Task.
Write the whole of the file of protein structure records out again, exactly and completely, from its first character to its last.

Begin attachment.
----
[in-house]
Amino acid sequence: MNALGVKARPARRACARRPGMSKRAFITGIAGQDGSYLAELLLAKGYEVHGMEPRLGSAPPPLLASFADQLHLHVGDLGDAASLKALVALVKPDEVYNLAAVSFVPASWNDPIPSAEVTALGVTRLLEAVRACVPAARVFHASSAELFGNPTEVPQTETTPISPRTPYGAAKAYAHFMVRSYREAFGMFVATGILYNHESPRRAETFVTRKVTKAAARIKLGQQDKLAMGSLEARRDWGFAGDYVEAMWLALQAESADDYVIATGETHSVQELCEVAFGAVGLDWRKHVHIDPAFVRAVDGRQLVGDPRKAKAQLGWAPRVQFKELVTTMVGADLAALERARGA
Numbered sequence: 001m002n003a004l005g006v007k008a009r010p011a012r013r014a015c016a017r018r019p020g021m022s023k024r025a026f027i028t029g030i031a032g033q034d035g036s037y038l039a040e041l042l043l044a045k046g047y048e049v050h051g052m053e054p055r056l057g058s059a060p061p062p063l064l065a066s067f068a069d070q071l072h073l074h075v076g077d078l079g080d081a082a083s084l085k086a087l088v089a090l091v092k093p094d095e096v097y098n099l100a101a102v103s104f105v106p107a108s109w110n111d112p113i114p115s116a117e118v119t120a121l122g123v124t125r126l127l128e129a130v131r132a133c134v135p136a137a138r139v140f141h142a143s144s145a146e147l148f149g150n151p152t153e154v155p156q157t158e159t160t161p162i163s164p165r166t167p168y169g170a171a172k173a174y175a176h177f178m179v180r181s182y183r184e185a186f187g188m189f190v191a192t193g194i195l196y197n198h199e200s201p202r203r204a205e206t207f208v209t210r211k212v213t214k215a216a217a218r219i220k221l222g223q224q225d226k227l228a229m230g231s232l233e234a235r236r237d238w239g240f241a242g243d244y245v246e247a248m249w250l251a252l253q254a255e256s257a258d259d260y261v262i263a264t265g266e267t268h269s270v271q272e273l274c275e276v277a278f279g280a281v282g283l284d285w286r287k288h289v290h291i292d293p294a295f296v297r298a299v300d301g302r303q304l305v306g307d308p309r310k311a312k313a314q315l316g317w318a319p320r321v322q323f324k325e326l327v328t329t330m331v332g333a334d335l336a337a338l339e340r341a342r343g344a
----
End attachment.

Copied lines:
[in-house]
Amino acid sequence: MNALGVKARPARRACARRPGMSKRAFITGIAGQDGSYLAELLLAKGYEVHGMEPRLGSAPPPLLASFADQLHLHVGDLGDAASLKALVALVKPDEVYNLAAVSFVPASWNDPIPSAEVTALGVTRLLEAVRACVPAARVFHASSAELFGNPTEVPQTETTPISPRTPYGAAKAYAHFMVRSYREAFGMFVATGILYNHESPRRAETFVTRKVTKAAARIKLGQQDKLAMGSLEARRDWGFAGDYVEAMWLALQAESADDYVIATGETHSVQELCEVAFGAVGLDWRKHVHIDPAFVRAVDGRQLVGDPRKAKAQLGWAPRVQFKELVTTMVGADLAALERARGA
Numbered sequence: 001m002n003a004l005g006v007k008a009r010p011a012r013r014a015c016a017r018r019p020g021m022s023k024r025a026f027i028t029g030i031a032g033q034d035g036s037y038l039a040e041l042l043l044a045k046g047y048e049v050h051g052m053e054p055r056l057g058s059a060p061p062p063l064l065a066s067f068a069d070q071l072h073l074h075v076g077d078l079g080d081a082a083s084l085k086a087l088v089a090l091v092k093p094d095e096v097y098n099l100a101a102v103s104f105v106p107a108s109w110n111d112p113i114p115s116a117e118v119t120a121l122g123v124t125r126l127l128e129a130v131r132a133c134v135p136a137a138r139v140f141h142a143s144s145a146e147l148f149g150n151p152t153e154v155p156q157t158e159t160t161p162i163s164p165r166t167p168y169g170a171a172k173a174y175a176h177f178m179v180r181s182y183r184e185a186f187g188m189f190v191a192t193g194i195l196y197n198h199e200s201p202r203r204a205e206t207f208v209t210r211k212v213t214k215a216a217a218r219i220k221l222g223q224q225d226k227l228a229m230g231s232l233e234a235r236r237d238w239g240f241a242g243d244y245v246e247a248m249w250l251a252l253q254a255e256s257a258d259d260y261v262i263a264t265g266e267t268h269s270v271q272e273l274c275e276v277a278f279g280a281v282g283l284d285w286r287k288h289v290h291i292d293p294a295f296v297r298a299v300d301g302r303q304l305v306g307d308p309r310k311a312k313a314q315l316g317w318a319p320r321v322q323f324k325e326l327v328t329t330m331v332g333a334d335l336a337a338l339e340r341a342r343g344a